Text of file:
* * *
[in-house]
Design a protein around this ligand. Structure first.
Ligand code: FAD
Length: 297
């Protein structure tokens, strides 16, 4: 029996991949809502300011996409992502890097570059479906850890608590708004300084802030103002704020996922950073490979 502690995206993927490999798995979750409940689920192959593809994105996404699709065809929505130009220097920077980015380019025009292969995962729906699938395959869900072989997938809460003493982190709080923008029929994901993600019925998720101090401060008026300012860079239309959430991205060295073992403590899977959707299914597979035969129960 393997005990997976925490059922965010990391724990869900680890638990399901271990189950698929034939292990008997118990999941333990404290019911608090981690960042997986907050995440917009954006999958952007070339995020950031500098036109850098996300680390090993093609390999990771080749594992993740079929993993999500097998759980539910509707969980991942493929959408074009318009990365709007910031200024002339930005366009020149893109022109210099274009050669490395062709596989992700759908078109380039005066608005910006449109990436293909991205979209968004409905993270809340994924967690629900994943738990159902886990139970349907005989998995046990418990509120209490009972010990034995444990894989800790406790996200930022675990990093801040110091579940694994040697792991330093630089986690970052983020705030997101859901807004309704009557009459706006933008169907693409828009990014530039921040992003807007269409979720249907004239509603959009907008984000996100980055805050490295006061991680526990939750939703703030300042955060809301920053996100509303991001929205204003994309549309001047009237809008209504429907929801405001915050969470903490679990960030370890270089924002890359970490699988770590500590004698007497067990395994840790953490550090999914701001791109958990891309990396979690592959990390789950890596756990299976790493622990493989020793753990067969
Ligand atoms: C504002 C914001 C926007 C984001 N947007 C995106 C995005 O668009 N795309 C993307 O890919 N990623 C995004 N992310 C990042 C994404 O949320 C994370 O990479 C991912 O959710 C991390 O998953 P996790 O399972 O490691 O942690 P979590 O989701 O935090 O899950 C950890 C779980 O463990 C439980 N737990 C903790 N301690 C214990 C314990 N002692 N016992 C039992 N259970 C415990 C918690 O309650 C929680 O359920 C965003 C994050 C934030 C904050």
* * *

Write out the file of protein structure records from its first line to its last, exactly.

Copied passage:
[in-house]
Design a protein around this ligand. Structure first.
Ligand code: FAD
Length: 297
């Protein structure tokens, strides 16, 4: 029996991949809502300011996409992502890097570059479906850890608590708004300084802030103002704020996922950073490979 502690995206993927490999798995979750409940689920192959593809994105996404699709065809929505130009220097920077980015380019025009292969995962729906699938395959869900072989997938809460003493982190709080923008029929994901993600019925998720101090401060008026300012860079239309959430991205060295073992403590899977959707299914597979035969129960 393997005990997976925490059922965010990391724990869900680890638990399901271990189950698929034939292990008997118990999941333990404290019911608090981690960042997986907050995440917009954006999958952007070339995020950031500098036109850098996300680390090993093609390999990771080749594992993740079929993993999500097998759980539910509707969980991942493929959408074009318009990365709007910031200024002339930005366009020149893109022109210099274009050669490395062709596989992700759908078109380039005066608005910006449109990436293909991205979209968004409905993270809340994924967690629900994943738990159902886990139970349907005989998995046990418990509120209490009972010990034995444990894989800790406790996200930022675990990093801040110091579940694994040697792991330093630089986690970052983020705030997101859901807004309704009557009459706006933008169907693409828009990014530039921040992003807007269409979720249907004239509603959009907008984000996100980055805050490295006061991680526990939750939703703030300042955060809301920053996100509303991001929205204003994309549309001047009237809008209504429907929801405001915050969470903490679990960030370890270089924002890359970490699988770590500590004698007497067990395994840790953490550090999914701001791109958990891309990396979690592959990390789950890596756990299976790493622990493989020793753990067969
Ligand atoms: C504002 C914001 C926007 C984001 N947007 C995106 C995005 O668009 N795309 C993307 O890919 N990623 C995004 N992310 C990042 C994404 O949320 C994370 O990479 C991912 O959710 C991390 O998953 P996790 O399972 O490691 O942690 P979590 O989701 O935090 O899950 C950890 C779980 O463990 C439980 N737990 C903790 N301690 C214990 C314990 N002692 N016992 C039992 N259970 C415990 C918690 O309650 C929680 O359920 C965003 C994050 C934030 C904050």